After the show, I was asked to do a seminar on the history and structure of the Tibetan Mastiff. Since I had a Powerpoint presentation from my 2010 seminar to Russian fanciers, only some tweaking and additional line drawings were required to update everything, and I worked with Luke via email so he could translate for attendees to follow along.
The bronze winner in the gold division. Though he was not as well structured as the two dogs that placed above him, the author found him to be not entropic.
I also spoke about health because eventually, with increased exports, an absence on checks and balances in this area is going to snowball in the breed. Collectively, we will find ourselves in an inescapable genetic corner, and the breed will suffer across the board.
Hsin Hsiung Wu assisted me in explaining the concept of correct front end, shoulder assembly, pasterns, feet, prosternum, and the rest of those very important features necessary to just survive, let alone do a guarding job, whether more sedentary or more active.
Unfortunately, the historical documents that discuss loose skin, visible haw, and big-headed, boned and bodied dogs have been taken to the extreme by breeders who think the public wants it that way. Such breeders have deviated from the course with the infusion of many other breeds, adding coat where there never historically was any (such as right above the eyes) and taking the word “mane” to literally mean hair the length and volume of a mature lion’s mane, when in fact it historically referred to the hair around the neck, mantling down the back.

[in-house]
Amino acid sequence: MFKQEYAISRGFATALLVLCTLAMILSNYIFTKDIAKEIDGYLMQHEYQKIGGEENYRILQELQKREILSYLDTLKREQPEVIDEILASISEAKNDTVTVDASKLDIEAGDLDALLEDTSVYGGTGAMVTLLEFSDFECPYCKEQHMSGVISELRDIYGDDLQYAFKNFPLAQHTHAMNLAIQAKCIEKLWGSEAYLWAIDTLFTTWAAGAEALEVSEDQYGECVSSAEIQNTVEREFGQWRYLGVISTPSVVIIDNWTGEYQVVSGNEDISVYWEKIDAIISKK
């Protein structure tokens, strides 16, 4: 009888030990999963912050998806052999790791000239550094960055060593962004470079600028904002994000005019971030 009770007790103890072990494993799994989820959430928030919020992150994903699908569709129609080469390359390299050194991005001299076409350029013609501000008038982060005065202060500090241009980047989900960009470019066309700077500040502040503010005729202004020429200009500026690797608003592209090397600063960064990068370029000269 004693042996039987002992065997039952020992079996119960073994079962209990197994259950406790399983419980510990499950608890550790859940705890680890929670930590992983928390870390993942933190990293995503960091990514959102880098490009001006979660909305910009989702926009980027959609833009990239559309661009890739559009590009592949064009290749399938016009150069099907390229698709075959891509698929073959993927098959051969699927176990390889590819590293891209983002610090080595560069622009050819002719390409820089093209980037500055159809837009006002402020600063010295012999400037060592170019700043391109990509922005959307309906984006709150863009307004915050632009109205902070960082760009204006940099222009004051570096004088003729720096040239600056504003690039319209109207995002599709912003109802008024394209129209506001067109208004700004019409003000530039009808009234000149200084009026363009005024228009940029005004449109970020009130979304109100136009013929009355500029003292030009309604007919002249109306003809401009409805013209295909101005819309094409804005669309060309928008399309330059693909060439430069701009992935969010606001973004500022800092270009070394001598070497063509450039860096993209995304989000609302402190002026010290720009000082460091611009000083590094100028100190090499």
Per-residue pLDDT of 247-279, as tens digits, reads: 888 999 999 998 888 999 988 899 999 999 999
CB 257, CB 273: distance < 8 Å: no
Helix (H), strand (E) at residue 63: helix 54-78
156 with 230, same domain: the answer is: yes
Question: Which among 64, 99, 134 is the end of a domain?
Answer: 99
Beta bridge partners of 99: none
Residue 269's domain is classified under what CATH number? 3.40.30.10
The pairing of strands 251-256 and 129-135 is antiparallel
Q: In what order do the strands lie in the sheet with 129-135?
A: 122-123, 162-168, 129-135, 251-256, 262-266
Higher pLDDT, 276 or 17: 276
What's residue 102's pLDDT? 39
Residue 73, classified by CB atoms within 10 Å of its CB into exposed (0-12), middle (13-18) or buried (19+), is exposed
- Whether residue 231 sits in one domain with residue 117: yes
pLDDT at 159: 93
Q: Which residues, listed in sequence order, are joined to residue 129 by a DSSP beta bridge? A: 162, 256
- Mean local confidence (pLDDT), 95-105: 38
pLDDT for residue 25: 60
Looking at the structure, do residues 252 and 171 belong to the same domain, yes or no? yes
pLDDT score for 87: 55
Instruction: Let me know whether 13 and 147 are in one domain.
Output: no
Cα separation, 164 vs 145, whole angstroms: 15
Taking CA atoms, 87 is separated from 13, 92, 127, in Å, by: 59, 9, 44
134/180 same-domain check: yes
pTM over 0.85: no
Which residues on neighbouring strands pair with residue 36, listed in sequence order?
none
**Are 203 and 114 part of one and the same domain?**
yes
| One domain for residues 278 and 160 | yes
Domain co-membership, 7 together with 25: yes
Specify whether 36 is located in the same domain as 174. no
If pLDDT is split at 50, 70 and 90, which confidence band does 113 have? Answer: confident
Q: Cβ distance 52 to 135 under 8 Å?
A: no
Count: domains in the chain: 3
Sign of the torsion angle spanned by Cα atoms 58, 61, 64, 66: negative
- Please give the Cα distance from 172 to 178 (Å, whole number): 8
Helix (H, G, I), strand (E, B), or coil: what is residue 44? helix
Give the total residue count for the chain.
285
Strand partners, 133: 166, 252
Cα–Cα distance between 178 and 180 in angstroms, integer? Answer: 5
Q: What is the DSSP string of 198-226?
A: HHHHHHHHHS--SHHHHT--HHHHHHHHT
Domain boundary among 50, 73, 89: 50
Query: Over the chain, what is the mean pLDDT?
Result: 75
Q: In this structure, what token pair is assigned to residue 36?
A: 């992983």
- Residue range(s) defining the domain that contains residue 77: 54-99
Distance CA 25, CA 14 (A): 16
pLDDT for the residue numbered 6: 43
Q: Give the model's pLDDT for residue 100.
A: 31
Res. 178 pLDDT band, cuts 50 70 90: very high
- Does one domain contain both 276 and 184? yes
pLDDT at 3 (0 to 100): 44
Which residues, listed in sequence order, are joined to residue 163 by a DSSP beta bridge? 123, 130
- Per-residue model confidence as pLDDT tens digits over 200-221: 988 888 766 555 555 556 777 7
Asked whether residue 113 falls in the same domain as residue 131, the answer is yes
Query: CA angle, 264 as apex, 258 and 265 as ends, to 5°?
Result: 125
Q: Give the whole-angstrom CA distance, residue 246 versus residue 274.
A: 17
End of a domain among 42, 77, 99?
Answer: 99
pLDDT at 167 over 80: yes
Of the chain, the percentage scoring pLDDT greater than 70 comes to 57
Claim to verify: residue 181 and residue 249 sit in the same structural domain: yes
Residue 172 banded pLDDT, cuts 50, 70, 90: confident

A tiny slice of Western breeders shared with their Asian friends that they did not agree with my placements, despite my explanations about structure, entropion and dentition. This minority group favors the big-haired, wrinkled, overdone dogs that cannot get around the ring without laboring – in essence, the “market type” dogs.
A few attendees thanked us, but I think most were anxious to get going to a soon-to-happen convention elsewhere in China about how to market the Tibetan Mastiff.
Long hair on the front of the legs was something the author was surprised to find.